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Mood and TropeThe Rhetoric and Poetics of Affect$
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John Brenkman

Print publication date: 2020

Print ISBN-13: 9780226673127

Published to Chicago Scholarship Online: September 2020

DOI: 10.7208/chicago/9780226673431.001.0001

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This is beautiful, or, The Urge to Persuade

This is beautiful, or, The Urge to Persuade

Chapter:
(p.137) 4 This is beautiful, or, The Urge to Persuade
Source:
Mood and Trope
Author(s):

John Brenkman

Publisher:
University of Chicago Press
DOI:10.7208/chicago/9780226673431.003.0005

What is required to rethink Kant’s Critique of Judgment in light of Nietzsche’s powerful criticisms? Nietzsche, Heidegger, and Deleuze reject Kant’s notion that the experience of the beautiful entails a claim for everyone else’s agreement. In fact, though, the supposed universal agreement is neither grounded in a standard nor required in principle nor even expected in fact. The particular pleasure in feeling this is beautiful is at the same time a feeling for others’ experience and an urge to persuade. Therein lies the vocation of criticism. Jacques Rancière renders a systematic critique of the “aesthetic regime” inaugurated by Kant, and Nathalie Heinich claims a new “artistic paradigm” negates the very objecthood of art. By contrast, the contemporary artists Tino Sehgal and Rineke Dijkstra probe limit-experiences where the configuration of artwork, aesthetic response, and urge to persuade is captured at the moment of its emergence or its fading. From an appreciation of Kant despite Nietzsche, it is necessary to return to Nietzsche’s typology of the affective sources of artistic creativity to ask: Is it possible to democratize Nietzsche not by leveling art but by grasping its inherent plurality and criticism’s commitment to the ordeal—not the ideal—of universalism?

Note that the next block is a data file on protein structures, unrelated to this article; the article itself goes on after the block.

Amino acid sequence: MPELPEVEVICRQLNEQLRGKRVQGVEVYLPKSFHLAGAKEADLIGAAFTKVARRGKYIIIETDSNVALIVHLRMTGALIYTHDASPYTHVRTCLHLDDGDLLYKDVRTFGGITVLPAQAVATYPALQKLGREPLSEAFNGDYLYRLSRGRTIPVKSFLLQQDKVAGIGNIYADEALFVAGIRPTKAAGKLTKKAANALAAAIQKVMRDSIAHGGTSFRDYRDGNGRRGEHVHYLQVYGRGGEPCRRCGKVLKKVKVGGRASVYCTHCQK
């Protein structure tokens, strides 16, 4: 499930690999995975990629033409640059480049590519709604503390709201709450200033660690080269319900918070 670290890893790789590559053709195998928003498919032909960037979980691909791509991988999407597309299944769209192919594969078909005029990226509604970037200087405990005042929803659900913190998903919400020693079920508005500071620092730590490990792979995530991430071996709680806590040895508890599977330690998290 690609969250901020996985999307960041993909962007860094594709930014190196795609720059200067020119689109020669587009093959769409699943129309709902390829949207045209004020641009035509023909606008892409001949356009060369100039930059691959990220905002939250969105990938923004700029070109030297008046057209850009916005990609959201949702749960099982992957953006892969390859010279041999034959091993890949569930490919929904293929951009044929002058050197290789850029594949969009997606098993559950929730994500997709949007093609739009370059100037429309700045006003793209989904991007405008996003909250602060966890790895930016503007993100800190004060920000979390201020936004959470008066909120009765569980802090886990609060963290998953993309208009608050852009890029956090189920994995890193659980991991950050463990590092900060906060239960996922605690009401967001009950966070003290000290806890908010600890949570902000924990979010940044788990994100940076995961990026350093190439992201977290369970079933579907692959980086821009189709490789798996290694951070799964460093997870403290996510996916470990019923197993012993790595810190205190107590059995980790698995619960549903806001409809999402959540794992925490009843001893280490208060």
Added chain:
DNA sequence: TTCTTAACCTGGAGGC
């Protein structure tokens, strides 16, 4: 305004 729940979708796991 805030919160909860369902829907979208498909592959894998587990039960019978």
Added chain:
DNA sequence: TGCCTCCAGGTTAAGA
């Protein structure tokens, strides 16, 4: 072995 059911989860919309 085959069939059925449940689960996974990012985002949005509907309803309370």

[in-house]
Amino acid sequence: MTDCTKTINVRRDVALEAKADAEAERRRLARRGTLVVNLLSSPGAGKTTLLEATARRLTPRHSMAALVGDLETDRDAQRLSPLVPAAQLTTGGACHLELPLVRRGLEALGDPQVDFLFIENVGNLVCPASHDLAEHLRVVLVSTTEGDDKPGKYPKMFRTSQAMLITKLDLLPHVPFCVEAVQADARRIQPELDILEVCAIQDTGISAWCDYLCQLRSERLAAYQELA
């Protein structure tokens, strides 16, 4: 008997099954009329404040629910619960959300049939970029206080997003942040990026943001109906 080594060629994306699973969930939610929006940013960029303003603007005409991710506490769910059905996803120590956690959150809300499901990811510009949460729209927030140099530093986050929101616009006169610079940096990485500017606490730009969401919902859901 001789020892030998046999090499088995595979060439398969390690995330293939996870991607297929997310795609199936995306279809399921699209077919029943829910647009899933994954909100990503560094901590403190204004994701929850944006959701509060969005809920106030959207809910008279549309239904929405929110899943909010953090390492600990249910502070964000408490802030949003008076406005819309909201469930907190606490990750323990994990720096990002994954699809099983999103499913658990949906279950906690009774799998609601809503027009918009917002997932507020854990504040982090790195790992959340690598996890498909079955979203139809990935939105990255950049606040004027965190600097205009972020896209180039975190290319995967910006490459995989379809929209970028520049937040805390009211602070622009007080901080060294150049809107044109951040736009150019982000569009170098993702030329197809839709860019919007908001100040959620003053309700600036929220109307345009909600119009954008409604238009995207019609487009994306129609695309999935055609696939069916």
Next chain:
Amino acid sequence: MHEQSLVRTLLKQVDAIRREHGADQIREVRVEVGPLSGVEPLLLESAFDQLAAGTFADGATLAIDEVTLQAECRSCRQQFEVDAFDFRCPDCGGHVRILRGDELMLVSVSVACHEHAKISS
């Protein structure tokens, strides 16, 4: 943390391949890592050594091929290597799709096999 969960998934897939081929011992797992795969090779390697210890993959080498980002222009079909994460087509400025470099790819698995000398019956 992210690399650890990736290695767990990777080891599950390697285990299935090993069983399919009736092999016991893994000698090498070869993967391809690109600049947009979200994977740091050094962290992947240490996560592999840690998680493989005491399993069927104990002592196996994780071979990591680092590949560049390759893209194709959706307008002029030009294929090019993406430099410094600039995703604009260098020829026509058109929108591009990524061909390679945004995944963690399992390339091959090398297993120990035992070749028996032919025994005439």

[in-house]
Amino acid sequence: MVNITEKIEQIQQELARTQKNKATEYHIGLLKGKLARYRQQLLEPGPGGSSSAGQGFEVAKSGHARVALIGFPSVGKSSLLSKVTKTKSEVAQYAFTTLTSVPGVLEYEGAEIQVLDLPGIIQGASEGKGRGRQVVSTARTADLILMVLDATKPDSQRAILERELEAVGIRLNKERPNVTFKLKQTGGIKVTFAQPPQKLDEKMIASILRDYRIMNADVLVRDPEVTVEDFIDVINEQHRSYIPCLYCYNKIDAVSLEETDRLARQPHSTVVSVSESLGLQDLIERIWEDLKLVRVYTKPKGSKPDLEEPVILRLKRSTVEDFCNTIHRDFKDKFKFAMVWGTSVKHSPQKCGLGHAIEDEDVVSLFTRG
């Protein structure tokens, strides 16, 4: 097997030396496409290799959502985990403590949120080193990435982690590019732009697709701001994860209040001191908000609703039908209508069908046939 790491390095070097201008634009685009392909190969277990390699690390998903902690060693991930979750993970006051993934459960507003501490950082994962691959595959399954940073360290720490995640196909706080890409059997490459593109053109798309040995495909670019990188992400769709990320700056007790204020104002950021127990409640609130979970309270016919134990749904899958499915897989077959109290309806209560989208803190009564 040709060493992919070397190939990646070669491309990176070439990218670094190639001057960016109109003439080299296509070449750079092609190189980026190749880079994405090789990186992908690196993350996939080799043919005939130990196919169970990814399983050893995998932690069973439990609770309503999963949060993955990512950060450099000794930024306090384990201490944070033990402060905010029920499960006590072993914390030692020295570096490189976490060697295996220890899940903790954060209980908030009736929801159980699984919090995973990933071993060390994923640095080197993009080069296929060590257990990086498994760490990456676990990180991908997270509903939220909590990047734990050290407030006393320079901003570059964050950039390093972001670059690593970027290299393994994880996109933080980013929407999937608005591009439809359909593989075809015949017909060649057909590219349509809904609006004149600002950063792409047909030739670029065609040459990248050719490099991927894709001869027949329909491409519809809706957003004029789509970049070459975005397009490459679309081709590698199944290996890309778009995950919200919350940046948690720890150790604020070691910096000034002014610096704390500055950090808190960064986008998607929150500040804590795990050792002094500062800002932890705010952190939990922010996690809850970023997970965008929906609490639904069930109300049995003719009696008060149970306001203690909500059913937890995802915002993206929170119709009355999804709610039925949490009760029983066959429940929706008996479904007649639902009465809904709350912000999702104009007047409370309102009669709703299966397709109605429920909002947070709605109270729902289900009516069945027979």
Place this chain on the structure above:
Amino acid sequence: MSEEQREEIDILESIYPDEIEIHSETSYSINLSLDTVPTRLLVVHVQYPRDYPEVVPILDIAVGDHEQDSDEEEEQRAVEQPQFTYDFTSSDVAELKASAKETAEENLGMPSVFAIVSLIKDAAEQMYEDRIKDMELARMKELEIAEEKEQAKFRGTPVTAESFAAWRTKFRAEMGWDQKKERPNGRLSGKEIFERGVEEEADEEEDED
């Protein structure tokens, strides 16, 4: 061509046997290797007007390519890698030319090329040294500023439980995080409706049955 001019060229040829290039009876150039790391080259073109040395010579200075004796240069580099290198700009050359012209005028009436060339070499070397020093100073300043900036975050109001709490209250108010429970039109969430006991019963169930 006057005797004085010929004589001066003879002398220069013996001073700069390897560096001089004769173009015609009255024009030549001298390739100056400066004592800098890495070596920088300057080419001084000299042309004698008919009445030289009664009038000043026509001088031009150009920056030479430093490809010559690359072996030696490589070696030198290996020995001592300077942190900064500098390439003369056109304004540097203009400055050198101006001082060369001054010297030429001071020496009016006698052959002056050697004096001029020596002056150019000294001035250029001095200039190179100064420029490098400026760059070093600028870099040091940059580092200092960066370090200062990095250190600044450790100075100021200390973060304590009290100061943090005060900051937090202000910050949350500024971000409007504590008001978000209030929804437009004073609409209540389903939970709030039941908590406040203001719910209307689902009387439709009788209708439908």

Keywords:   Critique of Judgment, Immanuel Kant, Friedrich Nietzsche, Jacques Rancière, Nathalie Heinich, Tino Sehgal, Rineke Dijkstra, ordeal of universalism, aesthetic regime, artistic paradigms

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